So, last week, in the “Modern Love” section of The New York Times, there was an opinion piece by one Delacey Skinner, who says she “writes and directs ads for progressive causes and candidates in Washington.”
Right away, my guard went up, because if someone has to point out that she’s “progressive,” chances are, she’s not as progressive as she thinks she is. It’s kind of like saying, “some of my best friends are gay,” and then going onto say something horribly homophobic, or starting out a sentence with, “I don’t have anything against Muslims,” and then bashing Muslims.
Anyway, Ms Skinner wrote about meeting her ex-boyfriend’s new lover — which is awkward enough — but she goes onto criticize her ex’s new girlfriend because she’s a woman of transsexual history — in other words, she was born male:
In the guest bedroom, the closet had been given over to her dresses: Dolce & Gabbana, Armani and designer names I didn’t even recognize on garment bags. I didn’t dare touch them for fear of ruining them …
… surrounded by the kinds of feminine dresses I had felt so awkward in, I was envious of the woman who could wear them so well. All I could think was: Is this what it means to be a woman? Because if it is, I’m not even in the ballpark. I don’t paint my nails or accessorize or wear dresses.
Oh, God and goddess, where to begin.
First of all, Delacey Skinner is senior vice president and managing director of GMMB, a major Washington, D.C., public relations and advertising agency. I’m going to bet she’s pulling down $200,000 a year in salary, at least, or about four times what my house is worth.
So the idea that she doesn’t recognize the names on designer labels is a bunch of crap.
Please, Ms Skinner, don’t pretend you’re a poor working-class girl who buys her clothes off of a pipe rack at Gabe’s. I’m not buying it. You are the definition of a “limousine liberal.” (Her clients have included such Bill and Hillary Clinton confidants as Terry McAuliffe and Tim Kaine, both of whom are from the conservative wing of the Democratic Party, which reinforces my belief that Skinner’s not all that “progressive.”)
Second, and I can only speak for myself here, but as a trans woman, I put great effort into passing as cisgender — meaning a woman born and raised female — mainly because I don’t want to be hassled.
It’s not because I so much enjoy torturing myself with shapewear or sticking pencils into my eyes.
After years of being ignored, transgender people are suddenly everywhere in the media, and that’s also made us a tremendous target for haters. The haters have mostly lost in their attempts to block same-sex couples from marrying or adopting, so they’re picking on the next up-and-coming target, which is transgender people.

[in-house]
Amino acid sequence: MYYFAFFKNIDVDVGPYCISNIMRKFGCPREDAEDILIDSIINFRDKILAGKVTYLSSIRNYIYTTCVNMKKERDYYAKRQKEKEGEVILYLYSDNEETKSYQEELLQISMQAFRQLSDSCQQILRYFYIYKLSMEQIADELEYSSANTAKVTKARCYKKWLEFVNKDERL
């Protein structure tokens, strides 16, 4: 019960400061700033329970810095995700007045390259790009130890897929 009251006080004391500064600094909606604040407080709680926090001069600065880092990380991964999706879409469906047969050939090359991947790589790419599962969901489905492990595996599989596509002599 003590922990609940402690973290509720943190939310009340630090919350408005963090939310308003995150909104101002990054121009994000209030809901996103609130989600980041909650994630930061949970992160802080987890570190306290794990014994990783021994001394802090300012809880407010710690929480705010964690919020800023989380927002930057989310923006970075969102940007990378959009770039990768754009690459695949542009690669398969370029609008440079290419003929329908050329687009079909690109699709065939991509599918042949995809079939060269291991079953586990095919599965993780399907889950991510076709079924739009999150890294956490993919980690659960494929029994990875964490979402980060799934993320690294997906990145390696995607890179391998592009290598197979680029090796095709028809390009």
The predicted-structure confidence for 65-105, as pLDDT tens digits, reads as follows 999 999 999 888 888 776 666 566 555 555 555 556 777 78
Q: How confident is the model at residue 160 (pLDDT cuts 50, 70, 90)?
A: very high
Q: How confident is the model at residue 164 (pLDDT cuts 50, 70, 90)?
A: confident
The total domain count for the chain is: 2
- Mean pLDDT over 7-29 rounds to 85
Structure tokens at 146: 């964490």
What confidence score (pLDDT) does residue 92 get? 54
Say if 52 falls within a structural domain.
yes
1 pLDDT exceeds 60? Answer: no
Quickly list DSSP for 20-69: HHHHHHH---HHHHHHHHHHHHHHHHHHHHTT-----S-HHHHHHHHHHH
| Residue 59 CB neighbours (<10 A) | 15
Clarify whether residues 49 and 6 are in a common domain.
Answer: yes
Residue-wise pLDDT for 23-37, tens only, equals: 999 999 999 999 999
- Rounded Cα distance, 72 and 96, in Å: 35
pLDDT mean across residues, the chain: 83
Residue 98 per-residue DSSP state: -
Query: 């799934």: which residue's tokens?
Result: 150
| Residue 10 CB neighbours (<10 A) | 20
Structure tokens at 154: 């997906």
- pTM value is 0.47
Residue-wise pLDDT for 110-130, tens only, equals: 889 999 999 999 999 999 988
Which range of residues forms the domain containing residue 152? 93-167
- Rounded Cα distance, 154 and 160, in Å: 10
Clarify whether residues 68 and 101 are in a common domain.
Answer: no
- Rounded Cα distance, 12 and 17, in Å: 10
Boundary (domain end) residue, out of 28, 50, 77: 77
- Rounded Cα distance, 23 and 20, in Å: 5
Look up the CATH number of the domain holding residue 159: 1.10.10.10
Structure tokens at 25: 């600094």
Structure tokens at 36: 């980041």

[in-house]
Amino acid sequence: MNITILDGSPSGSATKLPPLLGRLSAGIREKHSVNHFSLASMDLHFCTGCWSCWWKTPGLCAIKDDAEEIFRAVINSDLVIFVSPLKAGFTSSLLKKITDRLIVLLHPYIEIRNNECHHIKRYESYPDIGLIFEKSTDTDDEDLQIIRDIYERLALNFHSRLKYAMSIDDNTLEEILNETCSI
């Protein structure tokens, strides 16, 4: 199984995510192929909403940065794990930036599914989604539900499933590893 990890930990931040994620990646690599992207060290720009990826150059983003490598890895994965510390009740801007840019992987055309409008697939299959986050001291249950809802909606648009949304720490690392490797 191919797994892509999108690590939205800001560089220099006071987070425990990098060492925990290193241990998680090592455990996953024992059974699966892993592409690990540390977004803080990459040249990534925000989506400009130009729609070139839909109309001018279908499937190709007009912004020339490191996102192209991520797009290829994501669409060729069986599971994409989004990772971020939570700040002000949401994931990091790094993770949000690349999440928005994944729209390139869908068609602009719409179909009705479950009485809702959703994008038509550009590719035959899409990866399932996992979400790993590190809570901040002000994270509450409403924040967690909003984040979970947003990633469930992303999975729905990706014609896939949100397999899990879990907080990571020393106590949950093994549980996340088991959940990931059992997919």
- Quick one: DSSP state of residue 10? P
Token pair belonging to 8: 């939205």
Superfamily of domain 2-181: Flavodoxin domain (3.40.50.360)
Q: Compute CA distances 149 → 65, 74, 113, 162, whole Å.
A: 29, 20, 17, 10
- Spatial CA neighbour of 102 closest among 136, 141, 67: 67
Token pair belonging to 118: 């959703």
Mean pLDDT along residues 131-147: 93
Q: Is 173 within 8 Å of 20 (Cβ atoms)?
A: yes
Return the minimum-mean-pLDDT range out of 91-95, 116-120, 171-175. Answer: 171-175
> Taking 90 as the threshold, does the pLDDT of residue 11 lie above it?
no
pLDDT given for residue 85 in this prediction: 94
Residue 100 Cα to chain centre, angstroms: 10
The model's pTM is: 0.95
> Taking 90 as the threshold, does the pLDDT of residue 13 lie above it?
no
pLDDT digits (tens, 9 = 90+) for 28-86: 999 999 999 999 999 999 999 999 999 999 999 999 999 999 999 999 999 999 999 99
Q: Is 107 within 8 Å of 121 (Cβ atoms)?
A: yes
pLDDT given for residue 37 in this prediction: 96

Now, state legislatures are passing laws to keep transgender people out of bathrooms, and trans women are especially vulnerable, because a lot of us are a little bit too tall, or we have voices a bit too deep, or our shoulders and hands are a bit too wide, for us to fall within the “averages” for cisgender women.
These laws are allowing self-appointed bathroom police to chase women out of bathrooms — and it turns out both trans women and cisgender women are being harassed for not being feminine enough, like this woman in the Detroit area.
So, maybe I overdo it. I never go out without making sure I’m wearing makeup. I make sure my hair is just-so. I squeeze myself into Spanx and make sure all of my body hair is gone.
It’s not because I think that’s what you have to do to be a “real woman.” It’s just because I don’t want someone to beat the hell out of me, or call the cops because I needed to pee.
I’m wondering if the trans woman whose closet Skinner is critiquing feels the same way. (I’m also wondering how she feels about being outed in the New York Times by Delacey Skinner.)
But you can’t win if you’re a trans woman. If you spend too much time on your appearance, then according to people like Delacey Skinner, you’re shallow and reinforcing stereotypes of femininity, and you’re making her feel bad.
On the other hand, if you don’t spend enough time on your appearance, well, you run the risk of making some other women feel uncomfortable, because you look like a “man in a dress.”
And actually, in fairness, you can’t win if you’re a cisgender woman, either, for some of the same reasons!
For instance: I work in a high-tech field with a lot of scientists. Our male scientists, pretty much uniformly, dress in the same clothes every day — polo shirts and khakis. Sometimes, literally, in the same exact polo shirts and khakis, day after day. Some senior scientists show up wearing sweat pants and T-shirts.
But our female scientists, for the most part, can’t get away with that. They are expected to dress “professionally” — meaning “pretty.” On the other hand, they can’t look too “pretty,” because if they look like they spend too much time on their appearance, they’re criticized for being shallow and not “real scientists.”
Hey, that sounds familiar! I’m not a “real woman” if I spend too much time on my appearance, and female scientists who look too “pretty” are not “real scientists.”
Anyway, Skinner’s column reinforces an idea I’ve had for a while — that misogyny, both external and internal, is at the root of a lot of transphobia. And in the end, Skinner’s column amounts to nothing more than one woman being extremely catty about another woman’s appearance.
In general, I think, but we would all be better off if we spent less time critiquing whether or not someone is being a woman in the “right” ways. It does little more than reinforce patriarchy.
But in this case in particular, I really much prefer the open bigotry of someone like Ted Cruz or Franklin Graham to the attitude of a so-called progressive like Delacey Skinner, who, with one hand, pats herself on the back about how progressive she is while, with the other hand, she stabs me and other trans women between the shoulder blades.